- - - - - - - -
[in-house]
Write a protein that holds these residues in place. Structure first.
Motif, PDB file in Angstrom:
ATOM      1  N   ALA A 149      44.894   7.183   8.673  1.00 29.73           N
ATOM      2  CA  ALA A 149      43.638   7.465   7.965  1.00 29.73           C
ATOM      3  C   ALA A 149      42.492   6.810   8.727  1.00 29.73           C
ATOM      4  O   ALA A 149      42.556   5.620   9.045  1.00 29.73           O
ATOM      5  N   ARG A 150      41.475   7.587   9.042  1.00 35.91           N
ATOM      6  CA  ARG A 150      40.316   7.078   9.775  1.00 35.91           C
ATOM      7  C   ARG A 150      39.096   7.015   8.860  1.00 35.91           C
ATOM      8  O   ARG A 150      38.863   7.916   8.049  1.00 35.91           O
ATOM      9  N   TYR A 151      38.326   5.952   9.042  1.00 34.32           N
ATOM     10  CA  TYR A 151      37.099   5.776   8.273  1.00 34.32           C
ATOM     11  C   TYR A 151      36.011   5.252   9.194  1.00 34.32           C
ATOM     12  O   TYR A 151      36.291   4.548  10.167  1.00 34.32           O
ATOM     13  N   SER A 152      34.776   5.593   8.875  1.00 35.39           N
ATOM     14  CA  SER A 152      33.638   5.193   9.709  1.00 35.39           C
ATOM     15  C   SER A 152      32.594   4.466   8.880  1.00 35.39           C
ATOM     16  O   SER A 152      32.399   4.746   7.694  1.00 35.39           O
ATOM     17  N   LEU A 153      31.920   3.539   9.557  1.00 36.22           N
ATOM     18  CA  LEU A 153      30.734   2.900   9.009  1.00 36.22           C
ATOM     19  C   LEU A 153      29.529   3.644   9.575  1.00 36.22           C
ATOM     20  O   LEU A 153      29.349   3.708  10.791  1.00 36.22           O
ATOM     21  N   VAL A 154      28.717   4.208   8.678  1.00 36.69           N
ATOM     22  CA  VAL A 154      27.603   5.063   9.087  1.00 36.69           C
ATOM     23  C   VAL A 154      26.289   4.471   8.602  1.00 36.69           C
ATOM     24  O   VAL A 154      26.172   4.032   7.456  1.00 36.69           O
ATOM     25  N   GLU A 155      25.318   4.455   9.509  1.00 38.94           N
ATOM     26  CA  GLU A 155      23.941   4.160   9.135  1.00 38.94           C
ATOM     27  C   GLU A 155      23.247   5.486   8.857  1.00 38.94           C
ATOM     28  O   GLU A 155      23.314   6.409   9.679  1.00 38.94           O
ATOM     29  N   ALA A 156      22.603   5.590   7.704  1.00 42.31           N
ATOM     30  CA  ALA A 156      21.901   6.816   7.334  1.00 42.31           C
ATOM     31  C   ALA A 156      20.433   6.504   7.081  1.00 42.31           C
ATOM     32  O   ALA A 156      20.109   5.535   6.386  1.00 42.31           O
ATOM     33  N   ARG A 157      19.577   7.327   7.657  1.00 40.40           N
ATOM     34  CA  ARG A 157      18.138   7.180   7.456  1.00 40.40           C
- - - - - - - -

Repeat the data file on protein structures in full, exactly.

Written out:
[in-house]
Write a protein that holds these residues in place. Structure first.
Motif, PDB file in Angstrom:
ATOM      1  N   ALA A 149      44.894   7.183   8.673  1.00 29.73           N
ATOM      2  CA  ALA A 149      43.638   7.465   7.965  1.00 29.73           C
ATOM      3  C   ALA A 149      42.492   6.810   8.727  1.00 29.73           C
ATOM      4  O   ALA A 149      42.556   5.620   9.045  1.00 29.73           O
ATOM      5  N   ARG A 150      41.475   7.587   9.042  1.00 35.91           N
ATOM      6  CA  ARG A 150      40.316   7.078   9.775  1.00 35.91           C
ATOM      7  C   ARG A 150      39.096   7.015   8.860  1.00 35.91           C
ATOM      8  O   ARG A 150      38.863   7.916   8.049  1.00 35.91           O
ATOM      9  N   TYR A 151      38.326   5.952   9.042  1.00 34.32           N
ATOM     10  CA  TYR A 151      37.099   5.776   8.273  1.00 34.32           C
ATOM     11  C   TYR A 151      36.011   5.252   9.194  1.00 34.32           C
ATOM     12  O   TYR A 151      36.291   4.548  10.167  1.00 34.32           O
ATOM     13  N   SER A 152      34.776   5.593   8.875  1.00 35.39           N
ATOM     14  CA  SER A 152      33.638   5.193   9.709  1.00 35.39           C
ATOM     15  C   SER A 152      32.594   4.466   8.880  1.00 35.39           C
ATOM     16  O   SER A 152      32.399   4.746   7.694  1.00 35.39           O
ATOM     17  N   LEU A 153      31.920   3.539   9.557  1.00 36.22           N
ATOM     18  CA  LEU A 153      30.734   2.900   9.009  1.00 36.22           C
ATOM     19  C   LEU A 153      29.529   3.644   9.575  1.00 36.22           C
ATOM     20  O   LEU A 153      29.349   3.708  10.791  1.00 36.22           O
ATOM     21  N   VAL A 154      28.717   4.208   8.678  1.00 36.69           N
ATOM     22  CA  VAL A 154      27.603   5.063   9.087  1.00 36.69           C
ATOM     23  C   VAL A 154      26.289   4.471   8.602  1.00 36.69           C
ATOM     24  O   VAL A 154      26.172   4.032   7.456  1.00 36.69           O
ATOM     25  N   GLU A 155      25.318   4.455   9.509  1.00 38.94           N
ATOM     26  CA  GLU A 155      23.941   4.160   9.135  1.00 38.94           C
ATOM     27  C   GLU A 155      23.247   5.486   8.857  1.00 38.94           C
ATOM     28  O   GLU A 155      23.314   6.409   9.679  1.00 38.94           O
ATOM     29  N   ALA A 156      22.603   5.590   7.704  1.00 42.31           N
ATOM     30  CA  ALA A 156      21.901   6.816   7.334  1.00 42.31           C
ATOM     31  C   ALA A 156      20.433   6.504   7.081  1.00 42.31           C
ATOM     32  O   ALA A 156      20.109   5.535   6.386  1.00 42.31           O
ATOM     33  N   ARG A 157      19.577   7.327   7.657  1.00 40.40           N
ATOM     34  CA  ARG A 157      18.138   7.180   7.456  1.00 40.40           C